Whether eaten cooked or raw, this long and vibrant fruit is enjoyed in cuisines all over the world. In countries like Thailand, unripe raw papaya is used in salads for crunch alongside fresh green beans and spicy chilies. In Mexico, ripe papaya is added to salsas for a sweet bit of relief against the heat. This versatile fruit even contains an enzyme called papain which breaks down collagen and can be used to tenderize meat. Shake up your weekly meal plan and experiment with different types and preparations of papaya in your favorite dishes. Look for it at your local international market or health food grocery store.
Flavor and Texture of Papaya
The flavor of papaya tastes similar to a melon and gets sweeter as it ripens. When shopping for the perfect papaya, look for a blemish free and slightly firm fruit with bright yellow skin. Green in the skin indicates the fruit is young and still needs more time, whereas a soft texture means the fruit is overripe. In addition to the bright orange flesh inside the skin, the seeds are also edible and can be used as a substitute for peppercorns when dried and ground.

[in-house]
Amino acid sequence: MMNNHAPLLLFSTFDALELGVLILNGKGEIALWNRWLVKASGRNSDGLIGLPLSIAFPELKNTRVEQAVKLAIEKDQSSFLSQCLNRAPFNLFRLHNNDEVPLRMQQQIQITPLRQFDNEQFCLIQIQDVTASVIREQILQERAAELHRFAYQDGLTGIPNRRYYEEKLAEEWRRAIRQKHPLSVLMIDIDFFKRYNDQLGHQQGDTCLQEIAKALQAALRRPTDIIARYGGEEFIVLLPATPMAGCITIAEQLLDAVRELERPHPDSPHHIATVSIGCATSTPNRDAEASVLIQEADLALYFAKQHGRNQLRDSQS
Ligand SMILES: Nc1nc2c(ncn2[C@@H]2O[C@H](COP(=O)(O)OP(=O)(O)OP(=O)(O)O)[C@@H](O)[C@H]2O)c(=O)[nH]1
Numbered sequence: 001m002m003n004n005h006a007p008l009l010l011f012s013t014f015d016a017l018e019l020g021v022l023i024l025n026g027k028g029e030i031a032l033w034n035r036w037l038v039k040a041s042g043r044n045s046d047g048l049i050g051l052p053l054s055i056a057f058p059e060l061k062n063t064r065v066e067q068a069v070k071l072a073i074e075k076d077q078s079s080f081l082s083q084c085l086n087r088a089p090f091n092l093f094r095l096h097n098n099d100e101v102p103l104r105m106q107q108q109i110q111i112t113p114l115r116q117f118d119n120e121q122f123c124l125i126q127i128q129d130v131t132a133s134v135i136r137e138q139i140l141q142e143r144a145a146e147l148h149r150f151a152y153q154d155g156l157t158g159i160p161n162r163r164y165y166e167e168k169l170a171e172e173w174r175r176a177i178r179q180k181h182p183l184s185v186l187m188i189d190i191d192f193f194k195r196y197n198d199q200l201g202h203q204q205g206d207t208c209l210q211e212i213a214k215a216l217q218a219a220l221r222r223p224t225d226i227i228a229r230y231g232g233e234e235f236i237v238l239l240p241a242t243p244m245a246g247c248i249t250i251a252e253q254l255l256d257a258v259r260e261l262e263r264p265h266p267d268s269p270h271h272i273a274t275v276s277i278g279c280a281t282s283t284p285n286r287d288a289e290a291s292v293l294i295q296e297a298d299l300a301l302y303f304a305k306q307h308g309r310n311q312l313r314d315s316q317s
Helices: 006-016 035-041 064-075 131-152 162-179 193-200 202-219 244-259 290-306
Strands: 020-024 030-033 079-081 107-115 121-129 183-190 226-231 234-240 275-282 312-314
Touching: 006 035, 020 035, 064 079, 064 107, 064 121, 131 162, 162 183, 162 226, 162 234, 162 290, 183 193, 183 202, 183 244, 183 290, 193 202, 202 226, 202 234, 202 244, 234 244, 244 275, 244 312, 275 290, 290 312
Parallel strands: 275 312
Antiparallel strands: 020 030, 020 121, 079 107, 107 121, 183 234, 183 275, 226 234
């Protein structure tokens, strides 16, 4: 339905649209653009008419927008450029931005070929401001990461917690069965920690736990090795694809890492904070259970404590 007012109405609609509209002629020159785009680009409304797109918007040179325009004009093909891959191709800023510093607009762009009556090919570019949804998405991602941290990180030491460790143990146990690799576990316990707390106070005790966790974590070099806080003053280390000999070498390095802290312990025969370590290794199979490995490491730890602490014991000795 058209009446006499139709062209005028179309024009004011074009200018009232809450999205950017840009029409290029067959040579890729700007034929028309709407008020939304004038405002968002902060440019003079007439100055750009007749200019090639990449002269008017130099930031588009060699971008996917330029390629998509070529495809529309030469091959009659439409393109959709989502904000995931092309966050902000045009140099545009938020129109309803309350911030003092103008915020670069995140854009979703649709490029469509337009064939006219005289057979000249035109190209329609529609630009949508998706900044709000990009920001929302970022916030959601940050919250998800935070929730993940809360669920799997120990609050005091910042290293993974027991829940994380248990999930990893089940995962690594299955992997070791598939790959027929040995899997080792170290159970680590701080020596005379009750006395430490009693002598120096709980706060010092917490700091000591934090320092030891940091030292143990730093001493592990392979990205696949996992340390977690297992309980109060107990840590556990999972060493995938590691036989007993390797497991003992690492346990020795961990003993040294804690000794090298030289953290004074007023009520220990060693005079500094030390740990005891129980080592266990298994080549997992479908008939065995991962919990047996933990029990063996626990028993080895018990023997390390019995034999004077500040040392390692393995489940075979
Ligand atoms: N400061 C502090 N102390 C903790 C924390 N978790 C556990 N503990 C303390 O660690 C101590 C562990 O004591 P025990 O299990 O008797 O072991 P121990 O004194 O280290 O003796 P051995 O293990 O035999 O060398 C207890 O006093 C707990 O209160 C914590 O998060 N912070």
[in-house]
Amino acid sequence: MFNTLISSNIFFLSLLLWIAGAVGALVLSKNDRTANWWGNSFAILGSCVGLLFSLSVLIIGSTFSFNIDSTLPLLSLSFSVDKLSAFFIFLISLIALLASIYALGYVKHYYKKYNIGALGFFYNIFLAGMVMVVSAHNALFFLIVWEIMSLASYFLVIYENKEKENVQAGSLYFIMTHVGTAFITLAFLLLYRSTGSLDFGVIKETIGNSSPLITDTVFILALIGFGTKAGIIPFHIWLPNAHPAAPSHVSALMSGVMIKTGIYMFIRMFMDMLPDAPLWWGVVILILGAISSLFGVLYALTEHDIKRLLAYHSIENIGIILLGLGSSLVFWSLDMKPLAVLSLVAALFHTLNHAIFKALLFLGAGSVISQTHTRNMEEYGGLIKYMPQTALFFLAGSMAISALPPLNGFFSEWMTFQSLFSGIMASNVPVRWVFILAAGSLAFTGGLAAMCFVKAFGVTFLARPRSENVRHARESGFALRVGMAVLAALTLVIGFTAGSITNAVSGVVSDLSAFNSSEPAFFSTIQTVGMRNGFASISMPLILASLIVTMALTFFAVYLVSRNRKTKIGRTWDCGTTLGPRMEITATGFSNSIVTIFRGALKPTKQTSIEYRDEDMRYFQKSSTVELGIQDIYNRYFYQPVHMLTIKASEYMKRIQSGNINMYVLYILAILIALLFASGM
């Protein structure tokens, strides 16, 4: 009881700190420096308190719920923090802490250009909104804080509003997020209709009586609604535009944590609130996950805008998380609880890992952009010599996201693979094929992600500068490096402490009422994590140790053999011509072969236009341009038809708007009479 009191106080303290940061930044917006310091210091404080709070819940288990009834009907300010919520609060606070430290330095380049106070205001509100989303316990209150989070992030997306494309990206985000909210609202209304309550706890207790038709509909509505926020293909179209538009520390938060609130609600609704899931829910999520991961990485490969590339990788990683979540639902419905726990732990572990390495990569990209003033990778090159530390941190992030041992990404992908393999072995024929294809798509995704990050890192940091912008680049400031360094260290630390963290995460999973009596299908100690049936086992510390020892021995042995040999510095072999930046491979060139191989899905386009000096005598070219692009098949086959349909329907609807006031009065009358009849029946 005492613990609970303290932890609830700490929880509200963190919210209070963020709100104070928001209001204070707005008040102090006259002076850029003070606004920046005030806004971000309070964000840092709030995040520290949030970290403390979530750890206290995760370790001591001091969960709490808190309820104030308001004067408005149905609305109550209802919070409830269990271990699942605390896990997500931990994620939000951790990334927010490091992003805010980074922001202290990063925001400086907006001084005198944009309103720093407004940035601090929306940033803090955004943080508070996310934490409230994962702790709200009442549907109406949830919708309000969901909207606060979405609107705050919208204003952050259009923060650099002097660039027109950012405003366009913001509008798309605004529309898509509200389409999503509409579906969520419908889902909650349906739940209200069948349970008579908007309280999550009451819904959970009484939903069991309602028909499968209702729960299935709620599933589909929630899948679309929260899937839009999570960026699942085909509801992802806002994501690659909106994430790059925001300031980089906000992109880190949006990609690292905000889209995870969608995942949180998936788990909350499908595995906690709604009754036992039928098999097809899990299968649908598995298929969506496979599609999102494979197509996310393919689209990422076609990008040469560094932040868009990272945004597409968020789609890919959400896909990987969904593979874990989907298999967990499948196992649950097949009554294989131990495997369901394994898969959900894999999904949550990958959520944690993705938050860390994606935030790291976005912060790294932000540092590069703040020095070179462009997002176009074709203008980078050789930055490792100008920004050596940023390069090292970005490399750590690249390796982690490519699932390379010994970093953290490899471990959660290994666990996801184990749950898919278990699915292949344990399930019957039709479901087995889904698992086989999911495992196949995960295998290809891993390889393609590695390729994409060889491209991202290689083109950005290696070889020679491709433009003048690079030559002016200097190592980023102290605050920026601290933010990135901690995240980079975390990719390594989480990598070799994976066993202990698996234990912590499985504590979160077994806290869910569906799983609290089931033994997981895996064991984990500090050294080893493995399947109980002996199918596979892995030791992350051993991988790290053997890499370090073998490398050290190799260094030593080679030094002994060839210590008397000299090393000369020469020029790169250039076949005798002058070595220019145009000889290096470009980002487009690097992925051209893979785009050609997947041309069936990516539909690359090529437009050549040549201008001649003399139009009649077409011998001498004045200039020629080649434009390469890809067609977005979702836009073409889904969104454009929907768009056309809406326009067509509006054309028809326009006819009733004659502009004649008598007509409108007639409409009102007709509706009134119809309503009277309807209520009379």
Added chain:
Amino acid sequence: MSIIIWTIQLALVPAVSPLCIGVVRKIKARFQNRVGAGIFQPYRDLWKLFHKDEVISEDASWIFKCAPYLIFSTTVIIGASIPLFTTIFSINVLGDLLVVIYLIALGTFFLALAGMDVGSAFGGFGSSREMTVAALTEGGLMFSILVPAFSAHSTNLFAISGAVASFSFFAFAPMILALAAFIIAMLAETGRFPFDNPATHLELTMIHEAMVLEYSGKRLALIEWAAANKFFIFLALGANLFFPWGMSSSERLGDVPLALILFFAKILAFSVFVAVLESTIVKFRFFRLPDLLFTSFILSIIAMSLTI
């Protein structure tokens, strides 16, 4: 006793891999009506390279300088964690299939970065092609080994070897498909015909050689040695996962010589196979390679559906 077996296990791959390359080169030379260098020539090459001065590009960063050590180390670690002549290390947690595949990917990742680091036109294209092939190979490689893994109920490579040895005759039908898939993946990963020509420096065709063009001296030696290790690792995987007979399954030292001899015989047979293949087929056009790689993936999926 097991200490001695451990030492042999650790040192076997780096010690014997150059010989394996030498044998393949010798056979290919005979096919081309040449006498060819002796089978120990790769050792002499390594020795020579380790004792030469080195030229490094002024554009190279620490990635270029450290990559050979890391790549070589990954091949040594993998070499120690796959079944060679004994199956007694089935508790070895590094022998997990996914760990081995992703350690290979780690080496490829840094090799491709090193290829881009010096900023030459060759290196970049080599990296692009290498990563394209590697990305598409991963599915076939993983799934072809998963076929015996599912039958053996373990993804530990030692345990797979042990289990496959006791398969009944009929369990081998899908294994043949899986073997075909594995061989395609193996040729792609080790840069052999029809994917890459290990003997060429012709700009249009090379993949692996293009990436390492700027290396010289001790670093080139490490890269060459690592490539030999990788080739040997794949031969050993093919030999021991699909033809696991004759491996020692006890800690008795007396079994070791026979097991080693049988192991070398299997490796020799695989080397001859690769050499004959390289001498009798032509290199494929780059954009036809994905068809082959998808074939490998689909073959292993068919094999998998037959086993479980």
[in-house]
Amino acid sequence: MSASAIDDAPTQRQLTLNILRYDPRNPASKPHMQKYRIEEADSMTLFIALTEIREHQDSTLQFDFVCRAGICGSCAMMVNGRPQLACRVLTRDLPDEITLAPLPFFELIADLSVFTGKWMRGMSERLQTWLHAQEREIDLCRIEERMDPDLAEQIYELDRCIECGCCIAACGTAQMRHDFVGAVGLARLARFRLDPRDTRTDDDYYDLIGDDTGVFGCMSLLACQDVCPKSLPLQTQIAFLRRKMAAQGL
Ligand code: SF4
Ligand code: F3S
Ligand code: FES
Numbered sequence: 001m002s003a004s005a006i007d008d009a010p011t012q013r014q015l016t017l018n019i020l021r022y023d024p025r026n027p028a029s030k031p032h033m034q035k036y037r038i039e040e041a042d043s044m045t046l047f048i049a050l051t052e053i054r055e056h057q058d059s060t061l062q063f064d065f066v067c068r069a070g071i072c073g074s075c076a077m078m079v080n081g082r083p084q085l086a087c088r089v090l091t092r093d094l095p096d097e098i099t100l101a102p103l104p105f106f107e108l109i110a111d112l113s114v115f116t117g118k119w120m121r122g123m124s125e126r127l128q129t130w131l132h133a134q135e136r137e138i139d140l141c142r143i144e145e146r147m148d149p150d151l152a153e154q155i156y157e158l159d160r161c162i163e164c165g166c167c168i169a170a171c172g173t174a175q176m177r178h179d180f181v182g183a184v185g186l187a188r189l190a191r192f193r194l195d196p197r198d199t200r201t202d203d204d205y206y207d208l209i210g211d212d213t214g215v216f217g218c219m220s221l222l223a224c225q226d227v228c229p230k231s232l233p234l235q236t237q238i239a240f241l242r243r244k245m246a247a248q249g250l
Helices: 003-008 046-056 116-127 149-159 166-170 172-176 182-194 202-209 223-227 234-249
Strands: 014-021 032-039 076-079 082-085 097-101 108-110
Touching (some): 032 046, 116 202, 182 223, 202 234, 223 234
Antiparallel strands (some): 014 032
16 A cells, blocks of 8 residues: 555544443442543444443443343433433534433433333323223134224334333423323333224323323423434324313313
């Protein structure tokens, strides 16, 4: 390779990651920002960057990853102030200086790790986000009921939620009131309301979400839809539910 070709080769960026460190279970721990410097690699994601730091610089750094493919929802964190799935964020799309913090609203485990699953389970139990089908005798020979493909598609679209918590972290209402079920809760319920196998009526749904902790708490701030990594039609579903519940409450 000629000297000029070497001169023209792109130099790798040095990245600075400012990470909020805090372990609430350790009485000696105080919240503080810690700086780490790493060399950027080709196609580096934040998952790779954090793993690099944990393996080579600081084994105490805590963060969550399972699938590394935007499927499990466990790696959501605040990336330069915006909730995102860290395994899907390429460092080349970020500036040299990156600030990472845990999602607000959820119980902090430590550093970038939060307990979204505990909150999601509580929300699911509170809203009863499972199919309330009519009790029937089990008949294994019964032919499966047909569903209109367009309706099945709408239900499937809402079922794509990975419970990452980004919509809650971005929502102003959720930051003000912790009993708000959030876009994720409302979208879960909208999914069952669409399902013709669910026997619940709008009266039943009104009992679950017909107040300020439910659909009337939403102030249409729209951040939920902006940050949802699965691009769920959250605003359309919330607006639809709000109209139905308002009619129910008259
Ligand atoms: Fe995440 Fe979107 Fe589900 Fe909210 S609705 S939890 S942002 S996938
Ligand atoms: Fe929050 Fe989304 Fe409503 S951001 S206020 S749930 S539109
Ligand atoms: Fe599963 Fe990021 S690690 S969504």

Storage and Usage of Papaya
Keep a watchful eye on papaya after bringing it home from the grocery store as it’s best enjoyed at the peak of ripeness. Store this fruit in a brown paper bag to speed up the ripening process or store the papaya in the refrigerator once ripe to slow it down and eat within three days. If left too long after its peak, the fruit will become an undesirable soft and potentially mushy texture. To extend the shelf life to about ten months, peel the skin, cut the papaya into slices or cubes, and store in the freezer.
Give papaya a go by substituting it in our Tropical Shrimp Salad for a bright and zesty meal to power you throughout the day. Add a colorful addition to our Steak Lettuce Wraps by adding some thin strips of papaya to the wrap. Or go the more adventurous route and create your own show stopping ricotta cheesecake using papaya puree.